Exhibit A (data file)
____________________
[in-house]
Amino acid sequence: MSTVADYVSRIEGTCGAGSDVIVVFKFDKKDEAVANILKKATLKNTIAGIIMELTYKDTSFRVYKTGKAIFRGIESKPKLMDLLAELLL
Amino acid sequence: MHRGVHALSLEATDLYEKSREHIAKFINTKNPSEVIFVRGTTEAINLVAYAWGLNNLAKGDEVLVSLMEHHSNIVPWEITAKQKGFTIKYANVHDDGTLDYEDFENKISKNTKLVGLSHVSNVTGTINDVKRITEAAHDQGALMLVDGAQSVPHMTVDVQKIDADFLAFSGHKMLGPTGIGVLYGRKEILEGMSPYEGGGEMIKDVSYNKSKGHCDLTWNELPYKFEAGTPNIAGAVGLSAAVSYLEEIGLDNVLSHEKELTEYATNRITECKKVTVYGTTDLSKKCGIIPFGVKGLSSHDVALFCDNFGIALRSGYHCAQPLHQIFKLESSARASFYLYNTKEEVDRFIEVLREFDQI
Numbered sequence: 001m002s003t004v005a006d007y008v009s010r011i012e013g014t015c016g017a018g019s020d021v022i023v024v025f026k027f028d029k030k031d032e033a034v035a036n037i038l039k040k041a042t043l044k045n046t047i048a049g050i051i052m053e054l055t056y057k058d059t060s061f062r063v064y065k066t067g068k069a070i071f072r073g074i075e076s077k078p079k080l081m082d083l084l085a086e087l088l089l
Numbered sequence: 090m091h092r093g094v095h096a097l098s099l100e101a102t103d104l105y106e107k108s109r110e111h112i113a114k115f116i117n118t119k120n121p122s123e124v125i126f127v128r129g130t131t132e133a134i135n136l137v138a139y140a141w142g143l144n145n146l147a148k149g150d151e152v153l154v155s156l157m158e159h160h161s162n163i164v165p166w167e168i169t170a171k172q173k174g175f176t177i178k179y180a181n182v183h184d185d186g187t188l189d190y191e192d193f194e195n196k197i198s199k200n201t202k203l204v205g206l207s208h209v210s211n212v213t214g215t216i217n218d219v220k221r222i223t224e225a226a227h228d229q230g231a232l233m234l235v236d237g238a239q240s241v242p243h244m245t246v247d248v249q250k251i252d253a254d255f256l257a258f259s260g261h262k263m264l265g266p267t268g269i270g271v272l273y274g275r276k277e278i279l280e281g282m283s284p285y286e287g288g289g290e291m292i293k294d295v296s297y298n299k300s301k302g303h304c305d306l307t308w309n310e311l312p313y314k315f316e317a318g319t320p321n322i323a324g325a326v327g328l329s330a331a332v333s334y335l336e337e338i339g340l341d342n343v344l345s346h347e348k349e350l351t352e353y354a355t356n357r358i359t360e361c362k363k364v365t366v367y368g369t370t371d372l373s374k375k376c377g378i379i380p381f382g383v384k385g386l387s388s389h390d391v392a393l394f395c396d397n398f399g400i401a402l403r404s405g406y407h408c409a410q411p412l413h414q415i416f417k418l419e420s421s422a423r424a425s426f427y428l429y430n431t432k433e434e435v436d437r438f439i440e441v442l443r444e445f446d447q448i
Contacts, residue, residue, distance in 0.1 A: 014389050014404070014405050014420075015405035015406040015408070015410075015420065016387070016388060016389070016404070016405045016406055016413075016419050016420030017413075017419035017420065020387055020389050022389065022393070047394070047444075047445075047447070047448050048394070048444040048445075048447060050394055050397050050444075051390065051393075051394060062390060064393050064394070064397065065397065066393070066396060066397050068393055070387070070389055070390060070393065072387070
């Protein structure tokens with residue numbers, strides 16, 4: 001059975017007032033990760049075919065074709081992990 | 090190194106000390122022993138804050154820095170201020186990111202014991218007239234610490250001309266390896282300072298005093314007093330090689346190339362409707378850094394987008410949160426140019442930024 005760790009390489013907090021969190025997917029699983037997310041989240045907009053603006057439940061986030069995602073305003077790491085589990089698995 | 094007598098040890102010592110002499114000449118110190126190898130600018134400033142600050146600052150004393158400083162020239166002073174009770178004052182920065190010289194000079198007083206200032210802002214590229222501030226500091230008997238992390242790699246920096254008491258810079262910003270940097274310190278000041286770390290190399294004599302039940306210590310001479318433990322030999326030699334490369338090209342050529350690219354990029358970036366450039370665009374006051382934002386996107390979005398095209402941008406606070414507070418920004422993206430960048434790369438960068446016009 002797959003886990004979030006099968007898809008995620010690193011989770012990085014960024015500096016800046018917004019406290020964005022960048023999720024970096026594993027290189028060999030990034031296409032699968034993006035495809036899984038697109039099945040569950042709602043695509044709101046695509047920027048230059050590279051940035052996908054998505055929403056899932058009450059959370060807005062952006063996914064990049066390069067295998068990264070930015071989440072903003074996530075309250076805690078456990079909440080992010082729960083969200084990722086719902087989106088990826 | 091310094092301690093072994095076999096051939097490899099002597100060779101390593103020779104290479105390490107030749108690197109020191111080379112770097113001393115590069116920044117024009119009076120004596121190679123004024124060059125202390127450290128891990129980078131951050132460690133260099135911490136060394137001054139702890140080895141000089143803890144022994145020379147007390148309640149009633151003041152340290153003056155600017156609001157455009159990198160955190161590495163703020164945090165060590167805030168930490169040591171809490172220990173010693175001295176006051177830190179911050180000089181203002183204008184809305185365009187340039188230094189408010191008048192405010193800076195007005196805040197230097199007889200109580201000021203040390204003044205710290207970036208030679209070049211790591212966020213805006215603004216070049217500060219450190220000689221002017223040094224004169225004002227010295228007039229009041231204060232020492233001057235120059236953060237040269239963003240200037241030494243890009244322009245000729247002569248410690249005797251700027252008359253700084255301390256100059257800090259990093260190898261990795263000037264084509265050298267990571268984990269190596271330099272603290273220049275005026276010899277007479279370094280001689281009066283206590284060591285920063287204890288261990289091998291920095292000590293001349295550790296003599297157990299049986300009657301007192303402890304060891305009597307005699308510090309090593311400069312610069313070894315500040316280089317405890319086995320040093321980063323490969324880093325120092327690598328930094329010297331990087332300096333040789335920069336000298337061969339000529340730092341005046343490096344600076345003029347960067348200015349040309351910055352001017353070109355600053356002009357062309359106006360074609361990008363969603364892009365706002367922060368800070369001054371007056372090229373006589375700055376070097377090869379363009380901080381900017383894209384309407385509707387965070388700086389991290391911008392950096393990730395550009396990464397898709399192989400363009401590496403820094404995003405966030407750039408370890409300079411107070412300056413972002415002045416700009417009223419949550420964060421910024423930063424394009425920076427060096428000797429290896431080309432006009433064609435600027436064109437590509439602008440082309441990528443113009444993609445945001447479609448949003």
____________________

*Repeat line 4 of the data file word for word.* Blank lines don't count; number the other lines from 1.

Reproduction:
Numbered sequence: 001m002s003t004v005a006d007y008v009s010r011i012e013g014t015c016g017a018g019s020d021v022i023v024v025f026k027f028d029k030k031d032e033a034v035a036n037i038l039k040k041a042t043l044k045n046t047i048a049g050i051i052m053e054l055t056y057k058d059t060s061f062r063v064y065k066t067g068k069a070i071f072r073g074i075e076s077k078p079k080l081m082d083l084l085a086e087l088l089l